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NPR vs. South Dakota Foster Care
Aug 26, 2013
In October 2011, National Public Radio aired a scathing critique of South Dakota’s child protection policies. It alleged that the state is removing Native American children from their homes in disproportionately high numbers, “sometimes under questionable circumstances,” and that “the state is largely failing to place them according to the law.” That last part means that the state is not making an effort to place such children in Native American homes, as required by the Indian Child Welfare Act.
Lest we miss the significance of all this, we are reminded that “Years ago, thousands of Native American children were forcibly removed from their homes and sent to boarding schools, where the motto of the schools' founder was ‘Kill the Indian, Save the Man.’” The implication here is that South Dakota is continuing racist policies of the past, atrocities that aimed to destroy Native American culture and that resulted in terrible abuses.
The story alleges, moreover, that South Dakota has an additional, venal motive for its mistreatment of Native children. We are told that the state receives $100 million a year for foster children, implying that the state profits by removing Native children from their homes.
If the NPR journalists had made their case, it would be a damning indictment of South Dakota. Did they? NPR’s Ombudsman, Edward Schumacher-Matos, doesn’t think so. An ombudsman is hired precisely to keep an institution honest. This he does by utterly demolishing the story. He finds that the series violated NPR’s code of ethics and standards in the following ways:
1. No proof for its main allegations of wrongdoing.
2. Unfair tone in communicating these unproven allegations.
3. Factual errors, shaky anecdotes and misleading use of data by quietly switching what was being measured.
4. Incomplete reporting and lack of critical context.
5. No response from the state on many key points.
I will mention only a few of the misleading elements that Schumacher-Matos uncovers. Consider that $100 million. It includes all children in foster care not, as inferred, just Native children. It includes Medicaid and other medical reimbursements and doesn’t count the state spending that matches federal funds. It is very unlikely that the state makes money by removing anyone from their homes.
Or consider this statistic presented in the story: nine of ten Native children removed from their homes are being placed in white families. You aren’t told that four of those nine were placed by tribal courts or that tribal judges put Native children in white homes at a higher rate than state judges.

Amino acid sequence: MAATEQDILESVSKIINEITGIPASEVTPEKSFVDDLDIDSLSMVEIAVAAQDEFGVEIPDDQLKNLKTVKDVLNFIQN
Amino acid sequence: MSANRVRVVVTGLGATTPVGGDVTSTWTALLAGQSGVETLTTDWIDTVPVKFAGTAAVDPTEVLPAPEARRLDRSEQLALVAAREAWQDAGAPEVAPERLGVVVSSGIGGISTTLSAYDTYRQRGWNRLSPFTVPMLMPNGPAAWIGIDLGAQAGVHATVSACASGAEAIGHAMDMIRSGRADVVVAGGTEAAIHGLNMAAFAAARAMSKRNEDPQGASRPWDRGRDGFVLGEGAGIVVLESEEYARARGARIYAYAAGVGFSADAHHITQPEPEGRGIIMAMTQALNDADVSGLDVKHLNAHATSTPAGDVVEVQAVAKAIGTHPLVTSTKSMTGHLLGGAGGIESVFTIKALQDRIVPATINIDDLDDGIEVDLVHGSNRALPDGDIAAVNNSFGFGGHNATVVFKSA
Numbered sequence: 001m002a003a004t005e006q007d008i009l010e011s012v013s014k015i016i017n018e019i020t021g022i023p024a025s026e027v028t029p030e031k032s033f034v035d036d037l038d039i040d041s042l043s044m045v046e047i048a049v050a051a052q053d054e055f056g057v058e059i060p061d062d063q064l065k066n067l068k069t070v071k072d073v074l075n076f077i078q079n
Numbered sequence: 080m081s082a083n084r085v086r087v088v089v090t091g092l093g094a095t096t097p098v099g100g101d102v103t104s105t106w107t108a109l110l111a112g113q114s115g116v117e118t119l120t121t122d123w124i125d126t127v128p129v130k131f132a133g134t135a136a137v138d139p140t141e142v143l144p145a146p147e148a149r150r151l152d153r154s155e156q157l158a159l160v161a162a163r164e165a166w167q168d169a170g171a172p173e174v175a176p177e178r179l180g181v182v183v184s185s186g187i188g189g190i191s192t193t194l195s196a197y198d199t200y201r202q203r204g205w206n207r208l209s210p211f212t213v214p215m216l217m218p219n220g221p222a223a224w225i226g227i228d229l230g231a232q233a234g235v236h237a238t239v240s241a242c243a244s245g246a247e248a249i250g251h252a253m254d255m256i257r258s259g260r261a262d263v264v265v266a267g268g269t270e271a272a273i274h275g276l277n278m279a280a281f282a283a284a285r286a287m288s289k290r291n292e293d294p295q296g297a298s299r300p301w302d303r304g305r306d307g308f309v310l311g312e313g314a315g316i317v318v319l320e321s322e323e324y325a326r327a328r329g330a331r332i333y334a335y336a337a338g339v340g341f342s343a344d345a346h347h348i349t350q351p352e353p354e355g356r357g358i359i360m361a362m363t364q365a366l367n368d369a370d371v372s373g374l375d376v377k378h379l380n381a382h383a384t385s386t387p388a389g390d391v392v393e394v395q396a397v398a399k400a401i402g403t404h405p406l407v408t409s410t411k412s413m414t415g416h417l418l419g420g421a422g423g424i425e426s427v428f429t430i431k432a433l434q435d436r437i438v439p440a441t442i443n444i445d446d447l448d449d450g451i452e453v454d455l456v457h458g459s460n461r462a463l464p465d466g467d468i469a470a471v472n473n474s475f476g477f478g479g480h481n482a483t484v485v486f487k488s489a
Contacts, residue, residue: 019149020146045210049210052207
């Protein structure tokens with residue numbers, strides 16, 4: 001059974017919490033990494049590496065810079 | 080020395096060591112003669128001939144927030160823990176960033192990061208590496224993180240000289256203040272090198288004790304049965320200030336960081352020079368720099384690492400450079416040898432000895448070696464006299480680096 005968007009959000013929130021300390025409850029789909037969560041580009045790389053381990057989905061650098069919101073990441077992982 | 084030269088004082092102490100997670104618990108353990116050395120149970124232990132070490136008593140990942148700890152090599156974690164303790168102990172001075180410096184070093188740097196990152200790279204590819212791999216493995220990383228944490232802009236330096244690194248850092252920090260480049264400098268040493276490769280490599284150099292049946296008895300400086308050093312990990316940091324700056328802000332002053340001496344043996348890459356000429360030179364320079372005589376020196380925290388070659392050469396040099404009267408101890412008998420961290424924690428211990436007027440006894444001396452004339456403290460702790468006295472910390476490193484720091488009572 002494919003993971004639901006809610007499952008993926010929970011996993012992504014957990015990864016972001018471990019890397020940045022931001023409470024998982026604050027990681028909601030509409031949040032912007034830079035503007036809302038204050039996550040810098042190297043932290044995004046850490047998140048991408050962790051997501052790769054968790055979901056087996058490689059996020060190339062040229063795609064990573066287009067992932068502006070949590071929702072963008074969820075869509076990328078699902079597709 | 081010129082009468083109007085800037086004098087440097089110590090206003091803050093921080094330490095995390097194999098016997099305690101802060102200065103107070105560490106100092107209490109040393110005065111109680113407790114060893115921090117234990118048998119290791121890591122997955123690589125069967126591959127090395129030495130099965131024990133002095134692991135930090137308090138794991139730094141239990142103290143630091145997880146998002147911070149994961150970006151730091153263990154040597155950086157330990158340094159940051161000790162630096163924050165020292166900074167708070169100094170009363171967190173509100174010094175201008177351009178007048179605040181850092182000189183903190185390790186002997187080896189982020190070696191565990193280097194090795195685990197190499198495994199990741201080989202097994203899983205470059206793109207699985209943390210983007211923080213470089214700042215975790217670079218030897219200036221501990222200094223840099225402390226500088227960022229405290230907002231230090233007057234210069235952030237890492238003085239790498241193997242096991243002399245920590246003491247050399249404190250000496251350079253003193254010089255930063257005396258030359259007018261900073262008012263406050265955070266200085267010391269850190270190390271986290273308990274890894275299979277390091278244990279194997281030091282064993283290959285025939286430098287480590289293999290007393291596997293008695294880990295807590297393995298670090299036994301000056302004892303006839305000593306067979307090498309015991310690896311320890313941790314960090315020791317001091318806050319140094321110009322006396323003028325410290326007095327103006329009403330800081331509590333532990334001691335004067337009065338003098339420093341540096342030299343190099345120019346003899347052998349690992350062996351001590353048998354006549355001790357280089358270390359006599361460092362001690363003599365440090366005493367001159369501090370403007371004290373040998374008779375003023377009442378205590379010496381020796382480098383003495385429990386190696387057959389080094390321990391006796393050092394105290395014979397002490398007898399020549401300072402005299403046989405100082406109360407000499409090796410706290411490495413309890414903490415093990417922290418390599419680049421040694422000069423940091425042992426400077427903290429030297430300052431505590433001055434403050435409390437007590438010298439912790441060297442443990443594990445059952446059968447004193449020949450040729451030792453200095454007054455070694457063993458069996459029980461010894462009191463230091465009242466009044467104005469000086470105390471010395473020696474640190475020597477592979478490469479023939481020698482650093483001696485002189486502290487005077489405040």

According to NPR, Native American children “make up less than 15 percent of the child population, yet they make up more than half of the children in foster care.” That is the basis for the charge that Native children are removed in disproportionate numbers. Yet NPR’s own website shows that the disproportion is greater in Minnesota and Washington. What does that mean?
It means that all three state governments are simply responding to the cases with which they are confronted. Some populations of residents have higher rates of social dysfunction than others. One might suspect that Minnesota and Washington are acting more vigorously, with greater resources, to protect children in peril. If South Dakota removed fewer Native children from their home, that would “correct” the disproportion. It would also leave us open to the charge that we don’t care about the most vulnerable children.
Protecting children is one of the most important tasks of state governments. Sometimes that means removing them from dysfunctional families and placing them in any safe environment you can find. Almost everyone agrees that it would be better to place Native children in Native American foster homes, but there is an acute shortage of these homes. When a child becomes the custody of the state, surely the real question is where to find a safe environment to place the child.
There is no reason to believe that South Dakota has done a less conscientious job of this than any other state or that racism or greed drove our policies. That doesn’t mean that there aren’t abuses in our system. I am sure that there are and we need to know about them. NPR’s slanderous yellow journalism serves only to make it easier for real abusers to escape scrutiny.
Editor's Note: Ken Blanchard is our political columnist from the right. For a left-wing perspective on politics, please look for columns by Cory Heidelberger every other Wednesday on this site.